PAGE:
Developing True Grit Through Code
Hi! My name is KaYesu Machayo and I am a senior in high school. My mom came to America as a Ugandan refugee during Idi Amin’s reign. She landed in Virginia, and when she married my father in Maryland a few years later, they relocated to Georgia. So, I am a Georgia peach by birth!
I first became interested in technology when my family took a trip to the Tellus Science Museum when I was twelve years old. The museum had a solar home on display, and it captivated me! I was mesmerized by how it all worked and wanted to read about how scientists developed the technology to make it possible.
On the drive home that night, I thought about bringing those houses to developing countries so that people living in darkness at night could have light. It was on that drive that I decided to pursue a career in technology to transform the world. I wasn’t exactly sure how I was going to learn more about technology — my school did not offer any computer science or technology classes — but I knew that it was my purpose to serve others through technology!
That’s when I found the Girls Who Code Summer Immersion Program and decided to apply.
When I got in, the program became a safe haven for me. My father abandoned my family just a week after I began the Summer Immersion Program. He left my mother alone with four children and no home to live in. I had to move to another house over the summer and my family experienced many difficulties.
However, I never missed a day of Girls Who Code. Each morning I woke up and knew I was going to be surrounded by 19 classmates (who became my sisters for life), two college TAs and one male instructor. We were all from different ethnicities, backgrounds and national origins, but we connected through our interest in computing. I was surrounded by girls born and raised in the US and many from diverse backgrounds including Venezuela, Greece, India, Vietnam, and El Salvador. Learning about the heritage of my Girls Who Code sisters gave me a deeper understanding about the beauty of culture.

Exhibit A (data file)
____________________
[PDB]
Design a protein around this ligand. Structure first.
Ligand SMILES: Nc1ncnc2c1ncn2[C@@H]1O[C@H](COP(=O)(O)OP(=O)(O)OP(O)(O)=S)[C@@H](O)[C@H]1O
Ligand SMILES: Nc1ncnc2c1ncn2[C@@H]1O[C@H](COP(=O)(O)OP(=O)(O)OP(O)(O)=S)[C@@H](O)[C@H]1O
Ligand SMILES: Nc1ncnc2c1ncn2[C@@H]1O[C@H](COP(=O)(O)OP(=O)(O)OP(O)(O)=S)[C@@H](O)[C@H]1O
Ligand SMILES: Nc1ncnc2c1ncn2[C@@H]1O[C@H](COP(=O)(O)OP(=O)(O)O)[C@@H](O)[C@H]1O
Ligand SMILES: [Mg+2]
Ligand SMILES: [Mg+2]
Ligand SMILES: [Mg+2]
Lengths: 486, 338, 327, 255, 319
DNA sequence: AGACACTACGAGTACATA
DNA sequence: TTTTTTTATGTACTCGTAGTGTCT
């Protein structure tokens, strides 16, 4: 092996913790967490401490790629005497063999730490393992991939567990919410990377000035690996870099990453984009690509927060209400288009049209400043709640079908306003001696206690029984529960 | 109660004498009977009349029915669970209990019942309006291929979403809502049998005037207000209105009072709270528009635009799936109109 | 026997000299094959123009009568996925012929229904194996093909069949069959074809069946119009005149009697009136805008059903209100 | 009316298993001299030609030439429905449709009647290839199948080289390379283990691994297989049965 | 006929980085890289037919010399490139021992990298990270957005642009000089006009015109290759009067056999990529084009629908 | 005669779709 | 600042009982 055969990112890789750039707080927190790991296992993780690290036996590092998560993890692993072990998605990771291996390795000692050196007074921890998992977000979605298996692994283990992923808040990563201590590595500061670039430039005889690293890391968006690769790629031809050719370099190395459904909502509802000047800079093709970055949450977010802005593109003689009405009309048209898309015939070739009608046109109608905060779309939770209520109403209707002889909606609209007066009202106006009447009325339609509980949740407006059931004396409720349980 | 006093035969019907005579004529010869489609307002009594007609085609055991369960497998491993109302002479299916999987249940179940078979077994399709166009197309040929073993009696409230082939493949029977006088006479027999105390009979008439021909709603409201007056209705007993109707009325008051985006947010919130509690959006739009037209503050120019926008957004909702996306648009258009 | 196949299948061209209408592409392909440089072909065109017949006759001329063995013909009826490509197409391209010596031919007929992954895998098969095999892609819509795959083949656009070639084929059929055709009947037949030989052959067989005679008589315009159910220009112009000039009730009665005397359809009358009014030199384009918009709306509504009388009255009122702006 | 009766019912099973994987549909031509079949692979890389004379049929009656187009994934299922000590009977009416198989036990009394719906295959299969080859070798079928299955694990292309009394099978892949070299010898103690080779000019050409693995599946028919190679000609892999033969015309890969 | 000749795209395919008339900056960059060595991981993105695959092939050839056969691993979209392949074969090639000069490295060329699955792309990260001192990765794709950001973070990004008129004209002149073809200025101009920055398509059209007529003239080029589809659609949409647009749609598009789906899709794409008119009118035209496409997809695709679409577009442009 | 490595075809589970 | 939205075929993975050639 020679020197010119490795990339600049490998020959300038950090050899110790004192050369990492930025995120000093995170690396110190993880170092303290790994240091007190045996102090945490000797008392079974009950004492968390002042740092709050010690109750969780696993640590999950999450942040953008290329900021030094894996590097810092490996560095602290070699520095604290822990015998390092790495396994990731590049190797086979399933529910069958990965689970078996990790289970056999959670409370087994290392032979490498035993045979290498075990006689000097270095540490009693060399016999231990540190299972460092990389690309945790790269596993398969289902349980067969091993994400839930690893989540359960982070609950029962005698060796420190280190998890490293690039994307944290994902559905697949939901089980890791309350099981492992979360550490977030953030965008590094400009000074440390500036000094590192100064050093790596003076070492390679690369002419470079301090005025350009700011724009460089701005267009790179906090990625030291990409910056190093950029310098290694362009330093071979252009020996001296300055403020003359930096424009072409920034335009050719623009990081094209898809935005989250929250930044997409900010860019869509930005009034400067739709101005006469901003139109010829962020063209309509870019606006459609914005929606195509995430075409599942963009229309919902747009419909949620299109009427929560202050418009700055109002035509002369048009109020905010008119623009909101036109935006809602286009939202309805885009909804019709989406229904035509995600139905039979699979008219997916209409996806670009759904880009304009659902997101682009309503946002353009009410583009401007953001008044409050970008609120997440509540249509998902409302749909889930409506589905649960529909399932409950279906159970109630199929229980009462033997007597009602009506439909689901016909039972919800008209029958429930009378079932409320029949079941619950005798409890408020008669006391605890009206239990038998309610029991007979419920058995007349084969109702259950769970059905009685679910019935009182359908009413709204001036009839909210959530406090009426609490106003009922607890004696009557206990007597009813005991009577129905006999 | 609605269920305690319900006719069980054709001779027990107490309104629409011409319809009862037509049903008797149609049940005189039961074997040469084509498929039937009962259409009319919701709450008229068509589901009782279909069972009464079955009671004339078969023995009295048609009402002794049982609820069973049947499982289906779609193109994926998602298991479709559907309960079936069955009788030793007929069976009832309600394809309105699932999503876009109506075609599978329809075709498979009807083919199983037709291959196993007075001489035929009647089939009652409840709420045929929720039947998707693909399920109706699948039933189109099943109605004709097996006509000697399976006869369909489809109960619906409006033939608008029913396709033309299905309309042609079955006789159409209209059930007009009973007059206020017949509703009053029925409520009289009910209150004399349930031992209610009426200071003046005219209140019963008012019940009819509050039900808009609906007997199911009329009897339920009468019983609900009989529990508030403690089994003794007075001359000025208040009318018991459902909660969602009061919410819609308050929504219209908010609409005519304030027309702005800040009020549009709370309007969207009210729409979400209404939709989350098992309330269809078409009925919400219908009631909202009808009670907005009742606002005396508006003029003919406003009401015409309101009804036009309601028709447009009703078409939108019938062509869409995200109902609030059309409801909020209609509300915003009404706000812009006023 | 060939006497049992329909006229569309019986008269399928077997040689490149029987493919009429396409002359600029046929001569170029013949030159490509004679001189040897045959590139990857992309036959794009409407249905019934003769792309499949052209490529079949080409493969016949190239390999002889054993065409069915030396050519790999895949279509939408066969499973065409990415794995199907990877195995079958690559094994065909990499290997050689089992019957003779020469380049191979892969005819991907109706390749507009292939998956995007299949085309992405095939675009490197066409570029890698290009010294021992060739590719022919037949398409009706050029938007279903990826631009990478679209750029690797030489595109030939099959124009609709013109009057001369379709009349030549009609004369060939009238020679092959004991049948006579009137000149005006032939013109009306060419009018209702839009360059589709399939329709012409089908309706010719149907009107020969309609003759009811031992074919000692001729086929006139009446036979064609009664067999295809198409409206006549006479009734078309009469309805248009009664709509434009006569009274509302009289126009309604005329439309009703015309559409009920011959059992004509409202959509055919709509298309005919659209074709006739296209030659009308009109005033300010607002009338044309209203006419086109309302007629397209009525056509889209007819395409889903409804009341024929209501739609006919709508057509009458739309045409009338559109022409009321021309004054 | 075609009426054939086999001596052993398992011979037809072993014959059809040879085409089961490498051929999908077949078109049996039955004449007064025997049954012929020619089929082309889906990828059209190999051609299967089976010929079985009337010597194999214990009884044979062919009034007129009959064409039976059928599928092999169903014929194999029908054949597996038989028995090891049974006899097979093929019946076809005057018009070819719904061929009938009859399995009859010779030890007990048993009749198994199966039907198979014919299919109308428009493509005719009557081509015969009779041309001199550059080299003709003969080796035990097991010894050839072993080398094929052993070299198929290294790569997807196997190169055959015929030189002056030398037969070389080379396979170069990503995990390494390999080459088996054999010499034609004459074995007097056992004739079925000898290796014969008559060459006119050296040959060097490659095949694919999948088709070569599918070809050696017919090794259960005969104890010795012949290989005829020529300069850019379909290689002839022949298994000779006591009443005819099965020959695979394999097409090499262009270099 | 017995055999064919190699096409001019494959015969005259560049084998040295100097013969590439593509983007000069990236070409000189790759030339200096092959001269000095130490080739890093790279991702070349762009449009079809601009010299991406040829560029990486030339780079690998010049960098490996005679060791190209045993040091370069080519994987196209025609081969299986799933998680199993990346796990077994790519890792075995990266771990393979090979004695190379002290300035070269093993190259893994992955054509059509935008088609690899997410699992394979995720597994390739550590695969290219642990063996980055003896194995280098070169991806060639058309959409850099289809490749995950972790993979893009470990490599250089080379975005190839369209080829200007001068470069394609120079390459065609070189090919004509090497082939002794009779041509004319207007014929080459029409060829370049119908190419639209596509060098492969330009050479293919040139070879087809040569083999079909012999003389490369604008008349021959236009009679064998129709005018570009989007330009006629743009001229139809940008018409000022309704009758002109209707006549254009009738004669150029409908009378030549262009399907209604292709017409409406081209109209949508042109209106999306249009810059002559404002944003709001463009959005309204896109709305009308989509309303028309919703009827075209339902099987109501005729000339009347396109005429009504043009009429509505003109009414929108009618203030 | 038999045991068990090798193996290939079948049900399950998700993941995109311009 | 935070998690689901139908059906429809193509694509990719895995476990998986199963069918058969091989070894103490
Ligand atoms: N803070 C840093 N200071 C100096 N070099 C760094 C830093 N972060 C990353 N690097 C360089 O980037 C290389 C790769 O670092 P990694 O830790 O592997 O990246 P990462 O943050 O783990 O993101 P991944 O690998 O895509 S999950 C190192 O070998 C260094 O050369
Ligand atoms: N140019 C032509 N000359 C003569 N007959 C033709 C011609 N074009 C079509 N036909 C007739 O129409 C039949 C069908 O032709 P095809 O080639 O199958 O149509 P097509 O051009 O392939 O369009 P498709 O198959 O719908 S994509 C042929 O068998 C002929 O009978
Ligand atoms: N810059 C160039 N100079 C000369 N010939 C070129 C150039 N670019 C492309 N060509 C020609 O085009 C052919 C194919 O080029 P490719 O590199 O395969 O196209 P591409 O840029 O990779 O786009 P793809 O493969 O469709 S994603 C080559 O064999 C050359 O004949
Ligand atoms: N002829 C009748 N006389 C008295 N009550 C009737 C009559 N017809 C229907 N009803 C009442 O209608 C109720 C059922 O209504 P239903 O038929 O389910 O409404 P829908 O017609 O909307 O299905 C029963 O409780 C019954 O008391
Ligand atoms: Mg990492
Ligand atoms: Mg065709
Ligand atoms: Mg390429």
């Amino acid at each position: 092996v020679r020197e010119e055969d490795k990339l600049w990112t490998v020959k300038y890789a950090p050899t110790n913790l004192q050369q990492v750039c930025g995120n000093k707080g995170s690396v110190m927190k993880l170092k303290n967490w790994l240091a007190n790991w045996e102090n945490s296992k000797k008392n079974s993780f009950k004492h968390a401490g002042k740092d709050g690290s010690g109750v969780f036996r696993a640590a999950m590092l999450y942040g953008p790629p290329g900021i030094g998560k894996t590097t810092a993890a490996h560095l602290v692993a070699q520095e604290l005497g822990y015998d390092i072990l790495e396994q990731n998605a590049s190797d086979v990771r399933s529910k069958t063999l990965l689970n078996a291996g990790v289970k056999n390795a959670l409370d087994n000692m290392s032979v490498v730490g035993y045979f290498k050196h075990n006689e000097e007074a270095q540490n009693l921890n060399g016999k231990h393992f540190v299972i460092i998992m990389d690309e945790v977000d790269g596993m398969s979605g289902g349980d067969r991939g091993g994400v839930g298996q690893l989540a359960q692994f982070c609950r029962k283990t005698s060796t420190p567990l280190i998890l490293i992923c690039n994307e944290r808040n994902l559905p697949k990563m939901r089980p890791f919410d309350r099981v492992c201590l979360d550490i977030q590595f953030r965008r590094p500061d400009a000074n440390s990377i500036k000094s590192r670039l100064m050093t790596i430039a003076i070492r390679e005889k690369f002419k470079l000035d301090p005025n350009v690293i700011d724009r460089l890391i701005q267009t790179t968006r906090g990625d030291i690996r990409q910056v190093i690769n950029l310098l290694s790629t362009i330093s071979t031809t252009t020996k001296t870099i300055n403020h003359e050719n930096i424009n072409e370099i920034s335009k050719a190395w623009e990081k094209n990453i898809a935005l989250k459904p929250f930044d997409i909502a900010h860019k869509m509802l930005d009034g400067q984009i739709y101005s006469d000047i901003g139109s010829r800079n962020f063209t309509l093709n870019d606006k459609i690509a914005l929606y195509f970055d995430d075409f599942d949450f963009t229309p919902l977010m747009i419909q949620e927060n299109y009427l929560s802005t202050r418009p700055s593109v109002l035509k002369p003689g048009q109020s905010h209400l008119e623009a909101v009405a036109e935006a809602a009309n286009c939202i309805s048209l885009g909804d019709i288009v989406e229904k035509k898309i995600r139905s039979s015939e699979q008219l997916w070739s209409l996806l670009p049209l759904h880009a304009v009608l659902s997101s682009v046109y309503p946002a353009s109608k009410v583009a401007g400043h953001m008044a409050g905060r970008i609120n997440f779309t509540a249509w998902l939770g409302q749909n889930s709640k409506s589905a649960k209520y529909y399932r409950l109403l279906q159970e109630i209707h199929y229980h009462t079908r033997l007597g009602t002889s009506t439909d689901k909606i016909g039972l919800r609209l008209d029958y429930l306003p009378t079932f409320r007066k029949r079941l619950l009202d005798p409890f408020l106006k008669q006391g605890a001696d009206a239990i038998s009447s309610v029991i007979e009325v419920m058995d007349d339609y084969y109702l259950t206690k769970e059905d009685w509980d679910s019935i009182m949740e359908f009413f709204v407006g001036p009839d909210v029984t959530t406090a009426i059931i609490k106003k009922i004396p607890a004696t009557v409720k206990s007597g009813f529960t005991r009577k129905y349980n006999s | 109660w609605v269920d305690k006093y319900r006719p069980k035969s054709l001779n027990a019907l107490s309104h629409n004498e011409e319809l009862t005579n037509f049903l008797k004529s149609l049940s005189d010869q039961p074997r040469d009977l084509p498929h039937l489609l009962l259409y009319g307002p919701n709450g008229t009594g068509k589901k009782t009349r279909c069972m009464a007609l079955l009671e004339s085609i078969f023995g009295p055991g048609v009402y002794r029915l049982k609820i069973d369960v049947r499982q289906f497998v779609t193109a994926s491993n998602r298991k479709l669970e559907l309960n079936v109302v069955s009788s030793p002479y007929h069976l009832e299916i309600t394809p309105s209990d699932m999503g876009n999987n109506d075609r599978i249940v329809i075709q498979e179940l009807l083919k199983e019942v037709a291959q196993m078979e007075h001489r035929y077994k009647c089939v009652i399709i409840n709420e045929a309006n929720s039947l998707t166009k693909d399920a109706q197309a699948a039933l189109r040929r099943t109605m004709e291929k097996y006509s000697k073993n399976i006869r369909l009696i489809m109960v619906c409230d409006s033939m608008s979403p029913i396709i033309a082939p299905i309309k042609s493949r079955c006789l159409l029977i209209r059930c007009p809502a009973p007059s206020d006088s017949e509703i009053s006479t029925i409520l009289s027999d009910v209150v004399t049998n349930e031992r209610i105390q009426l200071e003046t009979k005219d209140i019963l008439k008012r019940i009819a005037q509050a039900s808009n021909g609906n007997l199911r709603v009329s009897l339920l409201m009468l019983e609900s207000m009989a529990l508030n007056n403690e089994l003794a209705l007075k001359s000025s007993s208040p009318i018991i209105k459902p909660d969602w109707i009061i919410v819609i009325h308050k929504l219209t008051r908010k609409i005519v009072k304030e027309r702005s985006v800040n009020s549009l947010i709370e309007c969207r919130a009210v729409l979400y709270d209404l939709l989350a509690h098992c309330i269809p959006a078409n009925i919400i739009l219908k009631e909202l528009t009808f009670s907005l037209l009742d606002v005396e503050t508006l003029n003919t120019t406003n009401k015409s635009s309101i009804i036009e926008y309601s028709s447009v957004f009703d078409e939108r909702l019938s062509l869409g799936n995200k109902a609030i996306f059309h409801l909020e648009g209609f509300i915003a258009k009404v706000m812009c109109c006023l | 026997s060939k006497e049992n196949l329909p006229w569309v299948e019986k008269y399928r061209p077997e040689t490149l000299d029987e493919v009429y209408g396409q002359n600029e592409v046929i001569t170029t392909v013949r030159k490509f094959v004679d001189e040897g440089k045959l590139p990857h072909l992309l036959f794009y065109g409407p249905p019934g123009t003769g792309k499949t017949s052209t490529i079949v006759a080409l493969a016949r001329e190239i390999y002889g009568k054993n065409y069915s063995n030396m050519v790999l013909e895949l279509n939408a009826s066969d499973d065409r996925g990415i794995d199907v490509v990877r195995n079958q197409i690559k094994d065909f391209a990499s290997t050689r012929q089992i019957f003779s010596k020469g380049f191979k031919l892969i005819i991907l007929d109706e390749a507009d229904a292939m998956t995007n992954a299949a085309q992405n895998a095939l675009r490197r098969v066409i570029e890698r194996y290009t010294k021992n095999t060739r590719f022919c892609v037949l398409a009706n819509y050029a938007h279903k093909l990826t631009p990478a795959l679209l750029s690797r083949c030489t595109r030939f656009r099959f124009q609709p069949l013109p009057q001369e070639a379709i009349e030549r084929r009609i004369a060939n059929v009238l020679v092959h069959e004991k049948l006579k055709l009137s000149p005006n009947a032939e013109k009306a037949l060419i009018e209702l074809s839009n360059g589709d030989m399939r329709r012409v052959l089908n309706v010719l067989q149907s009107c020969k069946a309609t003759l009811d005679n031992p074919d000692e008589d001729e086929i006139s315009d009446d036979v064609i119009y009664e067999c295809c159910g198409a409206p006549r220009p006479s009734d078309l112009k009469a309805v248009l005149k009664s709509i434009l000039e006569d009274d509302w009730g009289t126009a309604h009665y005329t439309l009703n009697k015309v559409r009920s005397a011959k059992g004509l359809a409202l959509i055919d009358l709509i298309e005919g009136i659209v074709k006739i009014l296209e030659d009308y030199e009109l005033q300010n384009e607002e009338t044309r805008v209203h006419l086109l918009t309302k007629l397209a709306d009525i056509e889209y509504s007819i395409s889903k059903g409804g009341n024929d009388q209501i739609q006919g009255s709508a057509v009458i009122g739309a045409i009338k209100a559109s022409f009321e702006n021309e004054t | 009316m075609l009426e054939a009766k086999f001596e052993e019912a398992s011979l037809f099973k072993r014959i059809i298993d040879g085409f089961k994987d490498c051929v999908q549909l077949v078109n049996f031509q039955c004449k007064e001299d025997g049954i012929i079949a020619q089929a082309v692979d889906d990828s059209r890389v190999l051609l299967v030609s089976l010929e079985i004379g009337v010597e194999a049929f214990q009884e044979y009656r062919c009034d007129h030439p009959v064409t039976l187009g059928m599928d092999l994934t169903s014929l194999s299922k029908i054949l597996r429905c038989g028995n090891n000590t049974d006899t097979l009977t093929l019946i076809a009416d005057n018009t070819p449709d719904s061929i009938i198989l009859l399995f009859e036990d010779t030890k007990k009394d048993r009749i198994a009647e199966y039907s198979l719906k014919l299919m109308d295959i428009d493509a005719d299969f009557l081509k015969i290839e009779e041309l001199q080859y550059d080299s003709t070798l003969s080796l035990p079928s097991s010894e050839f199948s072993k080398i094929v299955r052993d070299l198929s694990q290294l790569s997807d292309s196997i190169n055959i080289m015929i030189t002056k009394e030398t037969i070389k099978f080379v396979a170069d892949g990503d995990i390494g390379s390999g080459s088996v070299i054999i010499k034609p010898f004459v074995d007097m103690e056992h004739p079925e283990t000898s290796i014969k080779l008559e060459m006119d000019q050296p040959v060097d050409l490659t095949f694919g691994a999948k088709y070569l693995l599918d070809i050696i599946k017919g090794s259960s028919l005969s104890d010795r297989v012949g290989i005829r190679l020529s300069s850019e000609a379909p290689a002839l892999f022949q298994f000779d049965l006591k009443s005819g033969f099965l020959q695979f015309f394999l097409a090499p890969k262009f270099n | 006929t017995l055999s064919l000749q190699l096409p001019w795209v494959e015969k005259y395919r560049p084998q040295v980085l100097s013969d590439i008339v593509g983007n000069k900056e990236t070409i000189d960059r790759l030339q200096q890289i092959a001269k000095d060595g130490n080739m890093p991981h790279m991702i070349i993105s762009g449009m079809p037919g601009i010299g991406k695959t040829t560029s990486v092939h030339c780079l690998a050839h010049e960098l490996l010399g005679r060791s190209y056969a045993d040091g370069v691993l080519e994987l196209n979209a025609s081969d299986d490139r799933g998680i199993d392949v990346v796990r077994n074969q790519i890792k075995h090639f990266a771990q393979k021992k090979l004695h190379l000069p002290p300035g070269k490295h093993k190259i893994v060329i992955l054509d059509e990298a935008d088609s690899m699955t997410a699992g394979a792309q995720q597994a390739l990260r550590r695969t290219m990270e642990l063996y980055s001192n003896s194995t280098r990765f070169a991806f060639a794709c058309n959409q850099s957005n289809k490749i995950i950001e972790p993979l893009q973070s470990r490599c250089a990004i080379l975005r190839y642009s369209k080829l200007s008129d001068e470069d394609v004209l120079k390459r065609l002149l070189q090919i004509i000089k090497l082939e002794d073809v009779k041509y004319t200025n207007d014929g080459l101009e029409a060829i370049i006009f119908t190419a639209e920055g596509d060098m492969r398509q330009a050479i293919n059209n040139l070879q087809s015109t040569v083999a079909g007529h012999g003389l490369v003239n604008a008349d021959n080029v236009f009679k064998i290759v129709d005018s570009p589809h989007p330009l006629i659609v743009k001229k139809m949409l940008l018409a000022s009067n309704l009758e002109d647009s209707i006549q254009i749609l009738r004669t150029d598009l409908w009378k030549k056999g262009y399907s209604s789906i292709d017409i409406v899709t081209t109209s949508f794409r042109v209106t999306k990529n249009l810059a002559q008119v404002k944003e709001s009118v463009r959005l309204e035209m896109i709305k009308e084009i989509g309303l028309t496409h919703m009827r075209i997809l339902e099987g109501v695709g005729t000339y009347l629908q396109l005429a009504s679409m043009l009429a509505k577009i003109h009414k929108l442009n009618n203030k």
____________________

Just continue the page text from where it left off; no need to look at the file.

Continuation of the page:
The process of learning to code reminded that hardships do not define us and are an important part of growing. Over the 7 weeks of the Summer Immersion Program, my 19 sisters and I toured an AOL Data Center and explored National Geographic; we met and saw female computer programmers in their element; and we learned to code. Through those experiences, we laughed loudly, stressed anxiously, but — most importantly — we encouraged one another.
Although the Summer Immersion Program ended, Girls Who Code continues to inspire and support me. Because of the confidence I gained in the program, I was inspired to apply to college to make my dreams of working in tech a reality. I hope to one day find a way to bring technology to girls across the country and world — especially in Uganda, where my mother’s from. As a girl who codes, I’ve learned to know my value, embrace my unique heritage, and feel confident using my voice to ask questions, bridge gaps, and build authentic relationships. Most importantly, I learned to face adversity and developed the grit to pursue excellence relentlessly.
Written by KaYesu Machayo
Originally published at imagirlwhocodes.com on January 26, 2017.